A. Definition of a Student:
For the purpose of university rules and regulations, a student is defined as one who:
  1. is currently enrolled in university classes or in one of the university’s degree or non-degree programs,
  2. has completed the immediately preceding semester and/or is enrolled for the next scheduled semester,
  3. is officially representing the university during a period between regular academic semesters, or
  4. is not officially enrolled for a particular semester, but who has a continuing relationship with the university.

An individual may be reviewed under this code if an allegation of academic integrity violation is made after the student has left the university and a degree has been granted.

B. Definition of a Student Organization:
A student organization is defined as one which has satisfied the administrative procedures for recognition as prescribed in this guidebook (here) or which is functioning within the university community in the capacity of a student organization.

C. Timeliness:
A matter will be reviewed only when a report has been filed with the Office of Student Judicial Affairs and Community Standards within one year of discovery of the alleged violation. In cases of sexual assault, matters may be reviewed up to two years after discovery.

Any action pending within the Student Conduct process does not relieve the student from any financial obligations to the university.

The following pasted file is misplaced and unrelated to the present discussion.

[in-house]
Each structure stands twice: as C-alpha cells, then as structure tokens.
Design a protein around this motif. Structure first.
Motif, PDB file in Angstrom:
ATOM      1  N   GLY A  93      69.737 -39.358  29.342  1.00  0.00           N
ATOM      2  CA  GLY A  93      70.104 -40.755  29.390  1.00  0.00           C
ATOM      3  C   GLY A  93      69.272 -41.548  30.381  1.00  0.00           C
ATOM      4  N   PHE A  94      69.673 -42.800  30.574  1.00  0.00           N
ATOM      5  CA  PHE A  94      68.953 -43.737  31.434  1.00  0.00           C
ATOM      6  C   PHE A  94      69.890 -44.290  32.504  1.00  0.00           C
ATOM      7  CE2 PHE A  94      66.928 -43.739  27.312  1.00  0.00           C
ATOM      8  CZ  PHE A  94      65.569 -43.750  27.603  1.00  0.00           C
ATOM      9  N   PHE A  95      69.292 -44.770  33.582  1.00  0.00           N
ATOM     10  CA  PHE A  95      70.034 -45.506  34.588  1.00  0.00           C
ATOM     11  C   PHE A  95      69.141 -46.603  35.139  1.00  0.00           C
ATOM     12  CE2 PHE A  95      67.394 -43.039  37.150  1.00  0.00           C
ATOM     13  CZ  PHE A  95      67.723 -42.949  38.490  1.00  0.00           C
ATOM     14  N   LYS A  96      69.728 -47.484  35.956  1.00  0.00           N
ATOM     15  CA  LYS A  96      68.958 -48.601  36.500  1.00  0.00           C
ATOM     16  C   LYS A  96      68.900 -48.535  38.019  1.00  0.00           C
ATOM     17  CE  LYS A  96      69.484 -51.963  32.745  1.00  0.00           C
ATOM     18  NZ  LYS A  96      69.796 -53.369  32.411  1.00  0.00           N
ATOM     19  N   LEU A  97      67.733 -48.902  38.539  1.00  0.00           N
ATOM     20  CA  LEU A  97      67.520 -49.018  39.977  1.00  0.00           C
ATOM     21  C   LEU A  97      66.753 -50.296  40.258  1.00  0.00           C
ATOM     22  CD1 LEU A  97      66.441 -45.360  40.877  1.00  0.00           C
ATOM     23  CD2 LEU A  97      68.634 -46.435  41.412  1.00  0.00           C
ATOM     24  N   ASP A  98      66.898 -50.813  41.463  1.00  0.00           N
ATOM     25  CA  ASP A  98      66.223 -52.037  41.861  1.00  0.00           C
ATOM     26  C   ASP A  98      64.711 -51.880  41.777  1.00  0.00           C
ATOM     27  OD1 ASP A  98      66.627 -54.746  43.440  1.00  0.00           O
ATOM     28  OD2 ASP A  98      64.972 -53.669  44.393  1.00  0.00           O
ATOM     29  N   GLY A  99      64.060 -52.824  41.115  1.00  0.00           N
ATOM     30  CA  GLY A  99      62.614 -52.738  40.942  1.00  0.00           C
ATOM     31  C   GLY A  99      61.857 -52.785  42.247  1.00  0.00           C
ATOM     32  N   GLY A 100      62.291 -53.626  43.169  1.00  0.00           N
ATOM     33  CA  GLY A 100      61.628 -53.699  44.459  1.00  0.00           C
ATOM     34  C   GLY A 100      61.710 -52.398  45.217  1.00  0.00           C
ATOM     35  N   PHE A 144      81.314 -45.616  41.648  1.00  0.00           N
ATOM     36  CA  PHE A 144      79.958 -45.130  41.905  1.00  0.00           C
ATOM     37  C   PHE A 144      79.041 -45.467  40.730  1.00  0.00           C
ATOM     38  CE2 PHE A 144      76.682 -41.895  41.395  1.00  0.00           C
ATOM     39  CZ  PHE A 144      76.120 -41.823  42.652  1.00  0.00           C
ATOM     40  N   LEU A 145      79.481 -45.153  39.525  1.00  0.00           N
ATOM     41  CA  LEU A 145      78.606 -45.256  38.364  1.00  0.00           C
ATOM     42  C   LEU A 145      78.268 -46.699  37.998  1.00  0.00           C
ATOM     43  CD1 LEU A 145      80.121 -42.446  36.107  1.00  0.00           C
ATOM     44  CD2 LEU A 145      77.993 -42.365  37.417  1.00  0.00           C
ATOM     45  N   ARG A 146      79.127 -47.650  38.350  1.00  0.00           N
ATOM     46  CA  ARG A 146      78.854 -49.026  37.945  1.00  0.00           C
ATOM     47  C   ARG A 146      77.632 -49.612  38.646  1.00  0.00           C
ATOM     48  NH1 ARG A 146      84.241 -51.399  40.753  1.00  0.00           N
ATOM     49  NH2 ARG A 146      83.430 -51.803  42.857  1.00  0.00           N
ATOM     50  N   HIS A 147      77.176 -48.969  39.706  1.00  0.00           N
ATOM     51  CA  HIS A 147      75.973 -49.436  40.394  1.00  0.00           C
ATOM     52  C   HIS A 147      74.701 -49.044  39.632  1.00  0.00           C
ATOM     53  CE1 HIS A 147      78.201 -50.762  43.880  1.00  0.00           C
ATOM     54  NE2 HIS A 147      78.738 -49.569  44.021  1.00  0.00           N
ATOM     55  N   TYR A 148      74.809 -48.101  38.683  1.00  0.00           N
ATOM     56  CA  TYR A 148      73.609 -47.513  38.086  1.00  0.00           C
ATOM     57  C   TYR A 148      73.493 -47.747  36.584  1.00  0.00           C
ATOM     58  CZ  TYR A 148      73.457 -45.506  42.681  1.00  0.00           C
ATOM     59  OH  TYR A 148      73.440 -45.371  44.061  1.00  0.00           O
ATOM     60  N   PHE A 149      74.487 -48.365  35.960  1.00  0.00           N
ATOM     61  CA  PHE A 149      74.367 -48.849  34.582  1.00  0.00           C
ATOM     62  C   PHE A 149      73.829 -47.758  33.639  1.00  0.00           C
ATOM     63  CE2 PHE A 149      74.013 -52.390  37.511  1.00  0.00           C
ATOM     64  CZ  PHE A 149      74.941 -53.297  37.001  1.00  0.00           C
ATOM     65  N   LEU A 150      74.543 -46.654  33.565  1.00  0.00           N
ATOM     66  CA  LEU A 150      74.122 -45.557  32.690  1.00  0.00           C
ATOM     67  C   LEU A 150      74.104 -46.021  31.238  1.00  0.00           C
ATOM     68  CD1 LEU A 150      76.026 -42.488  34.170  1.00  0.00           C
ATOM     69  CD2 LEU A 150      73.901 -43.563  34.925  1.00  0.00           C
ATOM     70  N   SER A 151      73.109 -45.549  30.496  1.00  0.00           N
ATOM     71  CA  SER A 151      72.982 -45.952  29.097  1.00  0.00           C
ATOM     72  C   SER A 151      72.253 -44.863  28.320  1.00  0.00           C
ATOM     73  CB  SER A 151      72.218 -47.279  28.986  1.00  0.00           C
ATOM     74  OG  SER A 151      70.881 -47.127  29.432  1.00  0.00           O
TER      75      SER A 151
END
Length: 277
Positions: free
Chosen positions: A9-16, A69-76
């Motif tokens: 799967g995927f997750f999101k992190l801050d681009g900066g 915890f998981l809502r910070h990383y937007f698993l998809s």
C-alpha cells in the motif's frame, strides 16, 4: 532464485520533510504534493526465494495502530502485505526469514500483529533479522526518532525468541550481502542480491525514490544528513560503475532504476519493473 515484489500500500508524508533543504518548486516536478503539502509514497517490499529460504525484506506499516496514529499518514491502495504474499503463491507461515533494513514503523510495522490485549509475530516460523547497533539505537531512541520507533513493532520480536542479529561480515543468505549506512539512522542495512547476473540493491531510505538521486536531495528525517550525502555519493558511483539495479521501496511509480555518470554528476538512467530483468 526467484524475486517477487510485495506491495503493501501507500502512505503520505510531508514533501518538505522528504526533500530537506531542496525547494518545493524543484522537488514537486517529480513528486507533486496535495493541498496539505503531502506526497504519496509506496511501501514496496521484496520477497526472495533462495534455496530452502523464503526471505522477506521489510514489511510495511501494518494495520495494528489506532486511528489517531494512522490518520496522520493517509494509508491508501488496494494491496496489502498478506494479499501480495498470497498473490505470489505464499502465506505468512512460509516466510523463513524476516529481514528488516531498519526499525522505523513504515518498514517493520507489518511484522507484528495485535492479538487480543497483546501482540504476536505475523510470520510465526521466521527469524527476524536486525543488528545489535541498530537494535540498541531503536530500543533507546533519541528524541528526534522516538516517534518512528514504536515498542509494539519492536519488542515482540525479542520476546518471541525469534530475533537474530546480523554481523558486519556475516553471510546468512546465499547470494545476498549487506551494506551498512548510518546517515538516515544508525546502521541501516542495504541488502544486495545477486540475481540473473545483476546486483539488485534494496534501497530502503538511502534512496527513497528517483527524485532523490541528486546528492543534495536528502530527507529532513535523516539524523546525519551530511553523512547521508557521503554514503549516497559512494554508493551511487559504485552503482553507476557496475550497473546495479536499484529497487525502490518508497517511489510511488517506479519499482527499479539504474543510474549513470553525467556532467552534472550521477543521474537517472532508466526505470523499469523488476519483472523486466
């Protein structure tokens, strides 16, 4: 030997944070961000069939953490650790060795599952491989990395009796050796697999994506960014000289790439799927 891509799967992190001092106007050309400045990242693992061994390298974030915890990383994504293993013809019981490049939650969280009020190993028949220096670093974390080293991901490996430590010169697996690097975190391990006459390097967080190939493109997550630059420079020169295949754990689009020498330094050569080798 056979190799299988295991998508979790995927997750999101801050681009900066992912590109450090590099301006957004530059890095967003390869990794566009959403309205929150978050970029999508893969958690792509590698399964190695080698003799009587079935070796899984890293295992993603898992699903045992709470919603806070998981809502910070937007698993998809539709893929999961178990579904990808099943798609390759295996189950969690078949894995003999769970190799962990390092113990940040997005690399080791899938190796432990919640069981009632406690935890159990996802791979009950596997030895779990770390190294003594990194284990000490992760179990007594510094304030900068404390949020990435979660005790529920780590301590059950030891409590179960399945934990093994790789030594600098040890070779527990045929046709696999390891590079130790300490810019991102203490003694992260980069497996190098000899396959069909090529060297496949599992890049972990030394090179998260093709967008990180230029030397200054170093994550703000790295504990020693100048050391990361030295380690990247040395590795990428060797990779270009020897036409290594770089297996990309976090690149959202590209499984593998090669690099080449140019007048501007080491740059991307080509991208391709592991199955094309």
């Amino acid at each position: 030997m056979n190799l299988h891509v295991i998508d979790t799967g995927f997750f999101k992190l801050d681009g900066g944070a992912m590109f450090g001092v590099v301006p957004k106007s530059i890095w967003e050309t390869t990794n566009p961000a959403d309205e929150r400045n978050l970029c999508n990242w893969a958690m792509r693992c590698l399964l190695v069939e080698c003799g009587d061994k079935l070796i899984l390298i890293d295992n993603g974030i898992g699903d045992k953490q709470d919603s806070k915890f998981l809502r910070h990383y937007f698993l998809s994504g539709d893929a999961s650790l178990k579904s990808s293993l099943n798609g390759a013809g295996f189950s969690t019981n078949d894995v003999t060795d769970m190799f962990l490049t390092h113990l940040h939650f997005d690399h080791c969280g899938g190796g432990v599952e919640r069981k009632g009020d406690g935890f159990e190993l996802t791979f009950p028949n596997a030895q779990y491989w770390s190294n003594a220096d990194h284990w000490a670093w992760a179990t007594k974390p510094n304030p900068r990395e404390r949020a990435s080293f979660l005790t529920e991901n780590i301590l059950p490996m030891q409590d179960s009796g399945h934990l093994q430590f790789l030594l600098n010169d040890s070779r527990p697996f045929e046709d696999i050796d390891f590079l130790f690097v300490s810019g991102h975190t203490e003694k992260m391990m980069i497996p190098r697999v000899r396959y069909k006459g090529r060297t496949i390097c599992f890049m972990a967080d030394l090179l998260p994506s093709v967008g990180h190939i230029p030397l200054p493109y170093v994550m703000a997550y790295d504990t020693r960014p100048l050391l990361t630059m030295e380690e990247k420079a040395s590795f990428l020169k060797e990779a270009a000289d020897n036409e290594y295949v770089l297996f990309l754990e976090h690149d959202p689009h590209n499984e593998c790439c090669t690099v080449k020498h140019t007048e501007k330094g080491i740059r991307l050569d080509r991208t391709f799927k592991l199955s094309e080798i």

D. Jurisdiction:
University jurisdiction and discipline shall be limited to conduct which occurs on university premises or within the university community, is associated with university sponsored or related activities, or which adversely affects the university community and/or the pursuit of its objectives.

E. Standard of Proof:
The burden of proof shall at all times rest upon the complainant. The standards of proof for deciding against the accused student shall be such evidence that, when weighed against that opposed to it, has the more convincing force and the greater probability of truth.

F. Status of Students Pending Final Student Conduct Adjudication:
The status of a student in most cases will not be altered and disciplinary sanctions are not initiated until completion of an initial review or an appeal, if any. Interim action may be initiated by the President of the university, by the Vice President for Student Affairs, or the designee of either, whenever there is evidence that a student or organization poses a substantial threat to the safety or well-being of members of the university community, to property within the university community or poses a continuing threat of disruption or interference to normal university life or functions.

Administrative holds affecting registration transactions, posting of degree and a student’s ability to acquire copies of his/her transcript may be placed when students fail to fulfill terms of their disciplinary obligations. Such situations may include failure to respond to a written notice indicating a required appointment with a designated university disciplinary official and failure to complete disciplinary sanctions by an established deadline.

This restriction normally will remain in effect until disciplinary obligations are met or adjudication of the matter is completed.

When the outcome of a disciplinary action is suspension from the university, a restriction will be placed prohibiting the student from performing any registration transactions during the period of suspension. The restriction will not be removed, and the student will not be allowed to perform registration transactions, until the stated period of suspension has expired.

Expectations for Students’ Conduct

The general principles set forth here and behaviors which are described in Section 11.00 are intended to provide clear guidelines for students as to what is expected of them as members of the university community, and as to the kind of unacceptable behavior that may result in university disciplinary action.